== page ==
Porcupine was wiped out. Spending all day out in the wind and heat, and then the searing effort to win the stage sprint…he was shattered. We sat in the bed of his truck, his face beaming from his first win but a bit of slump to his shoulders with the weight of race leader on his back. He was, plain put, a bit afraid of the responsibility – and rightly so. Falcon came over to us, and I remember it so well, Falcon walking his slow pace, nonchalant and care-free – “So, nice race, huh?”

“Yeah…thanks,” came Porcupine’s reply. A pause, Falcon looked out at the horizon for a few moments…you could see him assessing wind, the heat, and something else that I’ll never know.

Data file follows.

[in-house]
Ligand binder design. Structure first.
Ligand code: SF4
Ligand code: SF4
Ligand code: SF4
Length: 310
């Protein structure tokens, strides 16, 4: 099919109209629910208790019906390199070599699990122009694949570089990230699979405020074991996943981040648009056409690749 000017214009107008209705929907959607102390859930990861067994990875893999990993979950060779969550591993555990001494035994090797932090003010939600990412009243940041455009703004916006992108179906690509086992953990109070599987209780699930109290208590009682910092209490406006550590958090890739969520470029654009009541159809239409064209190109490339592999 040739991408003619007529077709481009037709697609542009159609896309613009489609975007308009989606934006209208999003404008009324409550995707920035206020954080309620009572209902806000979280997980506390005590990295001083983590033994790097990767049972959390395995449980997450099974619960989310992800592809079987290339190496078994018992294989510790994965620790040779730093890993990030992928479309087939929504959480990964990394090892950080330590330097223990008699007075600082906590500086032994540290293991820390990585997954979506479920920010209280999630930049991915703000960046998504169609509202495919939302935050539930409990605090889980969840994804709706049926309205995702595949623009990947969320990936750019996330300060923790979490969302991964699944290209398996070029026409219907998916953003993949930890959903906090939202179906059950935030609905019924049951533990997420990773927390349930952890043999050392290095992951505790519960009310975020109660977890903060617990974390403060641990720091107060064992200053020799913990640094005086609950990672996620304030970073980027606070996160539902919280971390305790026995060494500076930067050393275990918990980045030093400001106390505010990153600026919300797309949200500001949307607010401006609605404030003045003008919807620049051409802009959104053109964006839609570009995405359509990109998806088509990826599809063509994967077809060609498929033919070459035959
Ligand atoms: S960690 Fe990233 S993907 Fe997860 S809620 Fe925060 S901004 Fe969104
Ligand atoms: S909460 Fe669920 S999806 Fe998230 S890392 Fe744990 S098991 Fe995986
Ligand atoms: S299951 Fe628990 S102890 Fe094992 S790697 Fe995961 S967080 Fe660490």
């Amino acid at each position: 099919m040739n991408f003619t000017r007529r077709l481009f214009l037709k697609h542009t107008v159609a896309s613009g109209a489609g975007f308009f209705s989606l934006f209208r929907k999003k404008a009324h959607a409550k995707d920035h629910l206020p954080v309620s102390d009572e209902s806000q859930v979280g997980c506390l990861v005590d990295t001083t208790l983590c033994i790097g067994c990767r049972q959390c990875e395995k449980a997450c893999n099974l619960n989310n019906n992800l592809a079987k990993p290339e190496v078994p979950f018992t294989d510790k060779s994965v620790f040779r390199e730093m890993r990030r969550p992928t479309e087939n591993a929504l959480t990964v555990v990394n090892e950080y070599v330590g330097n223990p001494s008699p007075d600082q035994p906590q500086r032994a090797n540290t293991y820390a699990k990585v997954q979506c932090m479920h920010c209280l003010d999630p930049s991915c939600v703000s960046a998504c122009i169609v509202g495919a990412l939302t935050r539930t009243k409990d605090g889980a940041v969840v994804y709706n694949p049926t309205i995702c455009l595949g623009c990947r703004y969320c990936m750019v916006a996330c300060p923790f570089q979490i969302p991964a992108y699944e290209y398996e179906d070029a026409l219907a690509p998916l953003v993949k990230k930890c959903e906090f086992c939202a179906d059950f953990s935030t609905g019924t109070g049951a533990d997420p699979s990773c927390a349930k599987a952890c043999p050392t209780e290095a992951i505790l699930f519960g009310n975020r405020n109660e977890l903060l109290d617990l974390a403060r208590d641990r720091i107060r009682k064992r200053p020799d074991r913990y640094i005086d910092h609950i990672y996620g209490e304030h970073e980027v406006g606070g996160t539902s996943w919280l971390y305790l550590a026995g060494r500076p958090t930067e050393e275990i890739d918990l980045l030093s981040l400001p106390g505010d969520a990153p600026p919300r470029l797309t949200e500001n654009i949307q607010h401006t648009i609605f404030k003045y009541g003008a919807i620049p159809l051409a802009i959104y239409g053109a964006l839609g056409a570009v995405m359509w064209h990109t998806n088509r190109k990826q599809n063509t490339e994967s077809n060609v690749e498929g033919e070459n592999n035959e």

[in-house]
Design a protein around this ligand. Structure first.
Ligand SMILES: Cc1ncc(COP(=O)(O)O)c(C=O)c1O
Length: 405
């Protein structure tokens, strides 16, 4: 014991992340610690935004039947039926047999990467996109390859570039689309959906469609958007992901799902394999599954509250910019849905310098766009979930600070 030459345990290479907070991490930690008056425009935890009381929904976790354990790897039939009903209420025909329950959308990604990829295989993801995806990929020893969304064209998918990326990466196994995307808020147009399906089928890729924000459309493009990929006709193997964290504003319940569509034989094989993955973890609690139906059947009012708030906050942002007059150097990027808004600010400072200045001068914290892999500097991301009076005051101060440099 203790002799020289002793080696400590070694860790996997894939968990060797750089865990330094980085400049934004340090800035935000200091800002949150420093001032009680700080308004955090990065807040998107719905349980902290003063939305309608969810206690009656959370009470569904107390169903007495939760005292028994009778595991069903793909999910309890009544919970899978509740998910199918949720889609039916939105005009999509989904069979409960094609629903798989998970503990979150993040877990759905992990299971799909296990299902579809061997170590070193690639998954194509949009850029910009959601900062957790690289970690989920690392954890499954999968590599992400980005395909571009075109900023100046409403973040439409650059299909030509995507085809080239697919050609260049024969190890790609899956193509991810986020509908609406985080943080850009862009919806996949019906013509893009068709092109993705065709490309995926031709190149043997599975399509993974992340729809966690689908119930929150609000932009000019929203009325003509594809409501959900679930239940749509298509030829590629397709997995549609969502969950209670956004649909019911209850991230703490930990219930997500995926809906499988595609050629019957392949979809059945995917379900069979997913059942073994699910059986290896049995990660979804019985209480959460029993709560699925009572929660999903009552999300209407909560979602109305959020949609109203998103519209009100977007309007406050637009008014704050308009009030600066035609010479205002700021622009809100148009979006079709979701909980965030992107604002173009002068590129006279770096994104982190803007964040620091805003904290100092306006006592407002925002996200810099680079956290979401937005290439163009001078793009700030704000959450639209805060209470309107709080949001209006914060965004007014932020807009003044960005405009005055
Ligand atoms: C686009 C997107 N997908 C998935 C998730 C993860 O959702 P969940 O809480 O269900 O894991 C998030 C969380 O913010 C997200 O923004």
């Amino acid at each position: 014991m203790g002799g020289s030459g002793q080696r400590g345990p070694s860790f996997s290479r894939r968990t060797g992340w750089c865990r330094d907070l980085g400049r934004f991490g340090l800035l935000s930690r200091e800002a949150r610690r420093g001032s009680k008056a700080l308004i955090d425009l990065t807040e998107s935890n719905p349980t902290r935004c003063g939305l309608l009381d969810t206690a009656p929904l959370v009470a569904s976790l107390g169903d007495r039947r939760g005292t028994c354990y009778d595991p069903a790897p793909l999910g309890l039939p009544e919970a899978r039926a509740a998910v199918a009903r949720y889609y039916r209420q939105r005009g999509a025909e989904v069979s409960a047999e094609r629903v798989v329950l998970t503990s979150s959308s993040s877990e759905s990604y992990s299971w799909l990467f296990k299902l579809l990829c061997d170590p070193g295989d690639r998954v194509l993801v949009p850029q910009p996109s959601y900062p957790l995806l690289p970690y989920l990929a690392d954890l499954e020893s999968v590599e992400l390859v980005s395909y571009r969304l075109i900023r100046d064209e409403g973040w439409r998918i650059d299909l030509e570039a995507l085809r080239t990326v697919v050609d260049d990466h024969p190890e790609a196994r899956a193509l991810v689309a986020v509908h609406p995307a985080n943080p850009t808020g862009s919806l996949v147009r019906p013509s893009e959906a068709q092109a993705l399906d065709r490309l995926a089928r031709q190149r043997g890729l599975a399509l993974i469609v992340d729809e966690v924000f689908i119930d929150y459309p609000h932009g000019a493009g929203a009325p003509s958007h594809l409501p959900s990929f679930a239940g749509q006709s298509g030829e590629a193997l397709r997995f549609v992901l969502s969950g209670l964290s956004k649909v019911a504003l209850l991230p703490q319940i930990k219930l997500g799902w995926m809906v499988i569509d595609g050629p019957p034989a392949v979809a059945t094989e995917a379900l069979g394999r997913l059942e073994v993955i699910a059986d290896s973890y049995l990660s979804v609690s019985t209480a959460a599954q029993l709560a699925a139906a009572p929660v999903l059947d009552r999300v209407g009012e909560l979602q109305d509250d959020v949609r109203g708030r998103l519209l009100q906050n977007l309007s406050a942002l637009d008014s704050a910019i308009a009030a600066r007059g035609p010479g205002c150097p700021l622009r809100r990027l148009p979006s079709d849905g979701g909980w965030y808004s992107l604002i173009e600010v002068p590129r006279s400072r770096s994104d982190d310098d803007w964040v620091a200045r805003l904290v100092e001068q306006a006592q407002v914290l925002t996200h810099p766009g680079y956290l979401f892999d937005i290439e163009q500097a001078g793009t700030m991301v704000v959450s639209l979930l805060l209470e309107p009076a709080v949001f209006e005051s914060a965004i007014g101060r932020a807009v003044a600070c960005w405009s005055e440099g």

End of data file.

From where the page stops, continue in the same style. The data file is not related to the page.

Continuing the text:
“You’ll win.” And with that, a quick handshake with Porcupine, and a nod at us both - he walked past and began an animated chat with a couple out-of-town competitors about a great Chinese restaurant they should try while in town.

I just kept watching him – what a cool cucumber! Totally free and enjoying the moment…damn, Zen-master! I turned to joke with Porcupine and call him “grasshopper” when I noticed that his shoulders were straight and proud. His eyes were already on the time trial, so I decided to keep my thoughts to myself and get his bike ready for the TT.